August 7, 2008
Speaking of Funding Bias...
David Michaels of SKAPP forwarded me an interesting order I missed the first time around in the welding rod litigation in the Northern District of Ohio. In it, the judge ordered (Welding_rod_funding_order.pdf [PDF]) that both sides disclose the extent of funding provided to the authors of articles, treatises, etc., relied upon in litigation. In total, in this particular sample, the defendants' funding totaled something over $10 million, while the plaintiffs' around $500,000. A Mother Jones article describes the case more.
I'm not sure, incidentally, that the proportionate amounts spent means as much as it might -- i.e., it's not self-evident that spending 20 times more necessarily means more 20 times more wicked conduct or 20 times more intent to buy the science. I would hope that industry is spending a lot more money studying the dangers of their products than plaintiffs' lawyers are.
Now, I'd prefer it to be consistently good work (and the article notes some pretty sketchy sounding stuff), but the fact of spending money doesn't necessarily mean bad work or bad science.
In any event, the outcome of the order -- disclosure all around -- is sound.
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» Around the web, August 22 from PointOfLaw Forum
All-toxic-tort edition: Representative class action plaintiff of the day: "For five years, her diet consisted almost exclusively of Chicken-of-the-Sea tuna..." [WSJ law blog, Legal Intelligencer, Beck & Herrmann] Defendants said to be way outspending p... [Read More]
Tracked on Aug 21, 2008 7:35:50 PM
Of course, the plaintiffs would complain the failure to study demonstrates egregious corporate indifference meriting punitive damages.
Separately, how much have plaintiffs spent on litigation-driven diagnoses, given the number of fraudulent diagnoses in these cases?
Posted by: Ted | Aug 7, 2008 5:35:04 AM
The biased left wing article does not disclose the denominator. Were defense article authors paid more than plaintiff article authors each, not totally?
Does more funding mean higher quality or lower quality, or nothing? Is a Bentley a better car than a Corolla? Is the court qualified to answer such a question on the quality or objectivity of scientific articles?
What if the defense has no Bentley, but 20 Corollas on its list, and the plaintiff has 2? Doesn't the total imply, the overwhelming majority of the articles favor the defense, and not just their expenses?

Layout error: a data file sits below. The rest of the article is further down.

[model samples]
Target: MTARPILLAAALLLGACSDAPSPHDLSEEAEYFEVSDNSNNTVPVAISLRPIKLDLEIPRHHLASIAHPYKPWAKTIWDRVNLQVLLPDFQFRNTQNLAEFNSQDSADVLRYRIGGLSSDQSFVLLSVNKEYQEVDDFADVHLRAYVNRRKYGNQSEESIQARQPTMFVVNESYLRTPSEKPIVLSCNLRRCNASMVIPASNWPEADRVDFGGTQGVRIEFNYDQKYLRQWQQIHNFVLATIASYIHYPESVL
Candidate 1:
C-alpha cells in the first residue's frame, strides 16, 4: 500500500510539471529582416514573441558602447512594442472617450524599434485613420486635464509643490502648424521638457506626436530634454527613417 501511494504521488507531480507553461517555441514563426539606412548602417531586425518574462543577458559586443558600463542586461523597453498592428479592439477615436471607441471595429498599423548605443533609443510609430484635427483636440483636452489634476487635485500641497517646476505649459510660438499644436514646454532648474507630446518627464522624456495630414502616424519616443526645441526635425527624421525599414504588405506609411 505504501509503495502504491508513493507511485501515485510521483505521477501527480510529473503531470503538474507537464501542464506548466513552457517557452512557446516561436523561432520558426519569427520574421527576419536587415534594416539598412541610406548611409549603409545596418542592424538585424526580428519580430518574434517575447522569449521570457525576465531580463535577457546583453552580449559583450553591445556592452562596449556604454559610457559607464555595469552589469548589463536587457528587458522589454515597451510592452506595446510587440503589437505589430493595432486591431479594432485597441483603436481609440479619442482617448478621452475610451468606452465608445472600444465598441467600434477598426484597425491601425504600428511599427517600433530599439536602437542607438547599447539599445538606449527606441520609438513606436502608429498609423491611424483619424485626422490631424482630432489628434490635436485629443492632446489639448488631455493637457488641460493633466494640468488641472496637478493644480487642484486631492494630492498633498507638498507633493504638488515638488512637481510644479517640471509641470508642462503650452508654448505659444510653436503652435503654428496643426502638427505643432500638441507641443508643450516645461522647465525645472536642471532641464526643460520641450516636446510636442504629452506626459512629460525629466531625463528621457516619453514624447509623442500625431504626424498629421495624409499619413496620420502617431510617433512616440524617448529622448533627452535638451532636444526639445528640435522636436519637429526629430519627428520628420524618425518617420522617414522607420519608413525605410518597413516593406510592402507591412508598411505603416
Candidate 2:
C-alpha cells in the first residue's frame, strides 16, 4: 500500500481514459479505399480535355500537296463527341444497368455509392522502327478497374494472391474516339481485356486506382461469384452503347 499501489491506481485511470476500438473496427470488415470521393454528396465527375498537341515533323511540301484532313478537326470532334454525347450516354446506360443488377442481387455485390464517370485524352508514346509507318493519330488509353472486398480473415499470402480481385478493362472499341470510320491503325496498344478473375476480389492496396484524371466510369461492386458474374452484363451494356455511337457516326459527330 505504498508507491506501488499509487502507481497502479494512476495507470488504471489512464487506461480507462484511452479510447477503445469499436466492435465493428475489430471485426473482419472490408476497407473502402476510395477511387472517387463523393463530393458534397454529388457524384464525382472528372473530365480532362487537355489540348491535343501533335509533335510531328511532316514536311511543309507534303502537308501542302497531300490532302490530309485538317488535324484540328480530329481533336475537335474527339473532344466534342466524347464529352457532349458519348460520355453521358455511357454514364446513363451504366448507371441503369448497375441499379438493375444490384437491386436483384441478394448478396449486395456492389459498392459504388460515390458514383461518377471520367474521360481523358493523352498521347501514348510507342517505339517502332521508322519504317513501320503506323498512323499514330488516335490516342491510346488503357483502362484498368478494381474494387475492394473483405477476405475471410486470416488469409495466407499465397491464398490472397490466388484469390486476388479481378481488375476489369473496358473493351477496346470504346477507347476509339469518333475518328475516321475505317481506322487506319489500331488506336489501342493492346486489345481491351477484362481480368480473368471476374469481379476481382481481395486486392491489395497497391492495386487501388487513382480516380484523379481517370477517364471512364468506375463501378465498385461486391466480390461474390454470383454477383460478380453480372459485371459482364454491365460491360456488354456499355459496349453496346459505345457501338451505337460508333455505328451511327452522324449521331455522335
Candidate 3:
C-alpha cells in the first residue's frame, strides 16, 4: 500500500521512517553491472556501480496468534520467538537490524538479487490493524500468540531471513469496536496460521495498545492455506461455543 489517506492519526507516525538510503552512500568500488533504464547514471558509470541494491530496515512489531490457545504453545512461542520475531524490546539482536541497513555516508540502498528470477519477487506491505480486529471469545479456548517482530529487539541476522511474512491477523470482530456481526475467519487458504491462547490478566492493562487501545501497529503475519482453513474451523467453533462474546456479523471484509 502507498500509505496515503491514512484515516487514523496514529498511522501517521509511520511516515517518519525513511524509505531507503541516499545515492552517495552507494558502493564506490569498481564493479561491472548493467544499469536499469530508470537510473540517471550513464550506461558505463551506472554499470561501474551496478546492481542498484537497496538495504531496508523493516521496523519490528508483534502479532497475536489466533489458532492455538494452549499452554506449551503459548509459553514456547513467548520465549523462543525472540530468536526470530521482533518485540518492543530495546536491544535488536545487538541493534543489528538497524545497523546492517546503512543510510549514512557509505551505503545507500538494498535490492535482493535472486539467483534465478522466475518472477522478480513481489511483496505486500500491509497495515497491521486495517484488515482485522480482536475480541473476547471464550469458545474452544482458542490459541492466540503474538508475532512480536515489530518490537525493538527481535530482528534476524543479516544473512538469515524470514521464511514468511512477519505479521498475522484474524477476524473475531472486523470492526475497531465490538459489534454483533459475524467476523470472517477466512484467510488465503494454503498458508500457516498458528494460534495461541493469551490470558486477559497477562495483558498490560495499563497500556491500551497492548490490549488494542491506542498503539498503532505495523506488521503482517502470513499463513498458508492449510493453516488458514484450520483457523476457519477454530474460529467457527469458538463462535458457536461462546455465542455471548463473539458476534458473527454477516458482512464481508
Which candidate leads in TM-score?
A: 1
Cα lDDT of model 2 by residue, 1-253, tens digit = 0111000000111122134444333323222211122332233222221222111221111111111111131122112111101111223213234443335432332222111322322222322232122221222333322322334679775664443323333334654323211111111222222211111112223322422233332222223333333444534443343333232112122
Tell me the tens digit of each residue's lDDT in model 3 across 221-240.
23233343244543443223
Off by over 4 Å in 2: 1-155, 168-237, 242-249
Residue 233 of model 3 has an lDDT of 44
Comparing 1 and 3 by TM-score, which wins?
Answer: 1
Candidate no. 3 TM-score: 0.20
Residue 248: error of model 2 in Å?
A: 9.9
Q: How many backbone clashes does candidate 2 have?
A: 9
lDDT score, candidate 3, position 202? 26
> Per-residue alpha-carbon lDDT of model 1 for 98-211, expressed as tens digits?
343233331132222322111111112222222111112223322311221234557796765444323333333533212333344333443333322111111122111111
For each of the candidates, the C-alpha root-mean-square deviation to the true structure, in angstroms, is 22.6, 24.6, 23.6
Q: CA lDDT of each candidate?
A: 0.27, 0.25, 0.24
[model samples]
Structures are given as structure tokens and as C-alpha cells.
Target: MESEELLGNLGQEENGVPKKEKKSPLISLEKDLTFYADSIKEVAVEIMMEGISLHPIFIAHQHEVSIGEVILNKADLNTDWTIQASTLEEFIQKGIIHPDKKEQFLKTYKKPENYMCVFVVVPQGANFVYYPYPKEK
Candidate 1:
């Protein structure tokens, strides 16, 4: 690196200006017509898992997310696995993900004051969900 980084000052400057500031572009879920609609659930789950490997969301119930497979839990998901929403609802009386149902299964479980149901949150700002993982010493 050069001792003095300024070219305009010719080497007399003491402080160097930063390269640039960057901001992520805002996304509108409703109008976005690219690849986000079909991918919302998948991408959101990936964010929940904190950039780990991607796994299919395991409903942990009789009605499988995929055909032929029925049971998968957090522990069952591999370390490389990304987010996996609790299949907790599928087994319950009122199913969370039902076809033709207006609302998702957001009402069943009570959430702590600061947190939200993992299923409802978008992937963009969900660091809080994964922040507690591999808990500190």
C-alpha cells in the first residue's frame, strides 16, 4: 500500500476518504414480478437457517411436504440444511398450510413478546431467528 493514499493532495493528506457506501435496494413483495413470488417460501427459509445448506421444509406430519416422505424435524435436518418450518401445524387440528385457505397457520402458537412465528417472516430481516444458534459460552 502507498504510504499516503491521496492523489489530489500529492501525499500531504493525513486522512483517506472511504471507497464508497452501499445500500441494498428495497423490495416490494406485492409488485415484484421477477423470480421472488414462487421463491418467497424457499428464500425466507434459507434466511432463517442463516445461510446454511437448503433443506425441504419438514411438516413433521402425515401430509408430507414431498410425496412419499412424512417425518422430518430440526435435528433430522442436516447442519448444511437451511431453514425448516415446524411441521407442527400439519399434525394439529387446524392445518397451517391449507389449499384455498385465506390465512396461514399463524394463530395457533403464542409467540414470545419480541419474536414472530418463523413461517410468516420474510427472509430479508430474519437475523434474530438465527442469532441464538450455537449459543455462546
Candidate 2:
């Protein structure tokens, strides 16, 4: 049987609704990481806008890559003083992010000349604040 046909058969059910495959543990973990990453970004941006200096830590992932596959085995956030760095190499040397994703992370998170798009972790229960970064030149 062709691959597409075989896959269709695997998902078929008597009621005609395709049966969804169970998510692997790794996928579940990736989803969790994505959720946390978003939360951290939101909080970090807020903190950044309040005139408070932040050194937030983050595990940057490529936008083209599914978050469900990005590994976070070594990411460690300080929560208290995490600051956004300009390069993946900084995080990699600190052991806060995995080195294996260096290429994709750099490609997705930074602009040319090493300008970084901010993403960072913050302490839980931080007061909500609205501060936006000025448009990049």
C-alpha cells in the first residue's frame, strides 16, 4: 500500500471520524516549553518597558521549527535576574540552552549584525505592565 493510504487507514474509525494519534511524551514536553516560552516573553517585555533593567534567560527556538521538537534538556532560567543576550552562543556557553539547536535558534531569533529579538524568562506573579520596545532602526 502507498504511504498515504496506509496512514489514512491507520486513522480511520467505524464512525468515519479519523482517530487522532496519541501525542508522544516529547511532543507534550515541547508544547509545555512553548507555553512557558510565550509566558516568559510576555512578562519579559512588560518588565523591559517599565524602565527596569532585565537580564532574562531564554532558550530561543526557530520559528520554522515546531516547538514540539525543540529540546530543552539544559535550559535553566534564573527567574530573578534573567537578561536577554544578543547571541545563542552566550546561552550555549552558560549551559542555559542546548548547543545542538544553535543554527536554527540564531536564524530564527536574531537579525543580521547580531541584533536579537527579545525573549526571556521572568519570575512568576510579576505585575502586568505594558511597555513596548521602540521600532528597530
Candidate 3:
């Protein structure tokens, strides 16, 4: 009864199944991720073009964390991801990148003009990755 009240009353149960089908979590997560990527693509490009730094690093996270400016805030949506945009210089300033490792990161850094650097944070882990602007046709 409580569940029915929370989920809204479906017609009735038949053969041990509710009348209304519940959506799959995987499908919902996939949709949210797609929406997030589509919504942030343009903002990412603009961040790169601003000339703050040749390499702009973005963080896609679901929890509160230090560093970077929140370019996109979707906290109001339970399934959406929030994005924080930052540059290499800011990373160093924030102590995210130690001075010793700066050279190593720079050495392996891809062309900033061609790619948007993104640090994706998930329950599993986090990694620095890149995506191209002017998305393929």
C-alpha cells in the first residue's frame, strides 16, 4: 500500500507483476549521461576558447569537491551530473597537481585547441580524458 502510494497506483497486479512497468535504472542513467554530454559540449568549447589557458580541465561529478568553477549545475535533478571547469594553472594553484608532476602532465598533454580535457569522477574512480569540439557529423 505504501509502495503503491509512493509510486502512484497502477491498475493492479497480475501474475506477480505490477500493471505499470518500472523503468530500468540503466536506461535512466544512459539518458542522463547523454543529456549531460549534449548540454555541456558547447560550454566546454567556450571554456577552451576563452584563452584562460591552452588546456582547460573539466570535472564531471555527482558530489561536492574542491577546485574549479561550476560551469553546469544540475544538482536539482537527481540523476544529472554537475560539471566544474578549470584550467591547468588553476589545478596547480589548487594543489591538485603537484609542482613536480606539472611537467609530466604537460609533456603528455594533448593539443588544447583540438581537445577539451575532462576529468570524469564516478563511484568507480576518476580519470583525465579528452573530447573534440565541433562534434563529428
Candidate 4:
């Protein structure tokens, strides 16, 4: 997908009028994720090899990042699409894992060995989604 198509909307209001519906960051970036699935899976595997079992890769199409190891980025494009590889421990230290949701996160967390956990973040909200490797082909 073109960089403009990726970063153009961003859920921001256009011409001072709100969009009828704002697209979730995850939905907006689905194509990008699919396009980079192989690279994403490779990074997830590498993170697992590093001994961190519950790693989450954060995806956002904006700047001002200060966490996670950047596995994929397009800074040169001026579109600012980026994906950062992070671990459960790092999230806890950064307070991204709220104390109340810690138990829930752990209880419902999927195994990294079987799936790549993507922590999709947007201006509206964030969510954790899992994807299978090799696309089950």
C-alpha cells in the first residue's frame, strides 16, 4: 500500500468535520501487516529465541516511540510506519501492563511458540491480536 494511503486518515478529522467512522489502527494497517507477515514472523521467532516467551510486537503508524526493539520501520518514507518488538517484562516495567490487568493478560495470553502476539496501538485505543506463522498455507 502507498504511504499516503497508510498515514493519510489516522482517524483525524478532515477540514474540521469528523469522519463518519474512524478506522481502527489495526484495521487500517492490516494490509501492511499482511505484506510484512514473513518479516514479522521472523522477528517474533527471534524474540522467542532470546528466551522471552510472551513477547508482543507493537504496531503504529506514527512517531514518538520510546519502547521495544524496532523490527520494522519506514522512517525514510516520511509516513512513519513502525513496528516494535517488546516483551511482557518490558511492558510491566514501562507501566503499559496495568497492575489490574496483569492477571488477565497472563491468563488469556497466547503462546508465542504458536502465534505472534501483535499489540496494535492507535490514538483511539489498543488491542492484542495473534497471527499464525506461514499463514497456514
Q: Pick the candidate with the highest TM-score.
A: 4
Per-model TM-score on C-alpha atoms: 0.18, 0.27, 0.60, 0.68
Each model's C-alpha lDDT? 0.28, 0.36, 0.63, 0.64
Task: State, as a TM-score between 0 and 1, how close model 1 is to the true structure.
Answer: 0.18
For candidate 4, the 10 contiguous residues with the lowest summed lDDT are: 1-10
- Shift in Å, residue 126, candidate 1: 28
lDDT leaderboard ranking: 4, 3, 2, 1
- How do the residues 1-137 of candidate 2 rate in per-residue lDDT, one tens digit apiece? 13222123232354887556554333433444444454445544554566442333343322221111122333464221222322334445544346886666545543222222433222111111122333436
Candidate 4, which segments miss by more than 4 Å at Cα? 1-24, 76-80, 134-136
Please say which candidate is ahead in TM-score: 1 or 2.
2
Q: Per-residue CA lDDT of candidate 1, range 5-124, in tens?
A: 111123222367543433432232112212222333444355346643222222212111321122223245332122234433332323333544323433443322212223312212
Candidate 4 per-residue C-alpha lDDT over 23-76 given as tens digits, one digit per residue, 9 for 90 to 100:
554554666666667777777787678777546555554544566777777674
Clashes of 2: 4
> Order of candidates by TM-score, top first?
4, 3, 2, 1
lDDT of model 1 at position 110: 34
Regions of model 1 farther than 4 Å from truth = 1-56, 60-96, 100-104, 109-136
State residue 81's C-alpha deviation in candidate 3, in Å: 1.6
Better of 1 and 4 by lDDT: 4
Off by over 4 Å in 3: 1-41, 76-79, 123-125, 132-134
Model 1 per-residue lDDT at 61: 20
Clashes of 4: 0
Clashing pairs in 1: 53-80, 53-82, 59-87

Unless the author of an article is a testifying expert, aren't articles hearsay? Isn't the funding information of the article hearsay about hearsay?
Let's have mini-trials about each article's credibility, depose the authors. I would be interested in a mini-trial about the funding and background of the judge.
Posted by: Supremacy Claus | Aug 7, 2008 6:11:18 AM
The math is as follows:
Total Number of Experts: 65
Total Spent: $12.7 Million
Average Payment: $195,000 per expert
Total Number of Experts: 12
Total Spent: $520,000
Average Payment: $43,000
The standard disclaimer about how misleading averages can be applies.
Note that the Defendants tried to conceal some of the expert spending with a "work product" argument the court rejected.
Posted by: Justinian Lane | Aug 7, 2008 11:02:34 AM
It's worth observing that the payments weren't all directly to experts ("Payments by the parties were made both to authors directly and also to affiliated entities, such as corporations the authors control or educational institutions for which they work."). I wonder how much of it, if any, relates to expenses. I expect it costs a lot less to re-evaluate extant data than it does to collect and create the data in the first place.
It may well be that those are apples-to-apples numbers, but I'm not sure they are.
Posted by: Bill Childs | Aug 7, 2008 11:12:04 AM
The number of studies on each side should get the case dismissed under a Frye standard. If one takes the biggest, and best study, it should get it dismissed under a Daubert standard.
Is the funding a measure of quality or of bias? The judge is trying to invent an unauthorized rule of evidence without any competence to do so.
Again, the court has no competence to settle a scientific controversy. The variability of an effect suggests the defendant is being asked to pay for pre-existing conditions or the effects of aging.
This matter may be taken up again after the science has a better consensus.
Posted by: Supremacy Claus | Aug 10, 2008 7:39:35 AM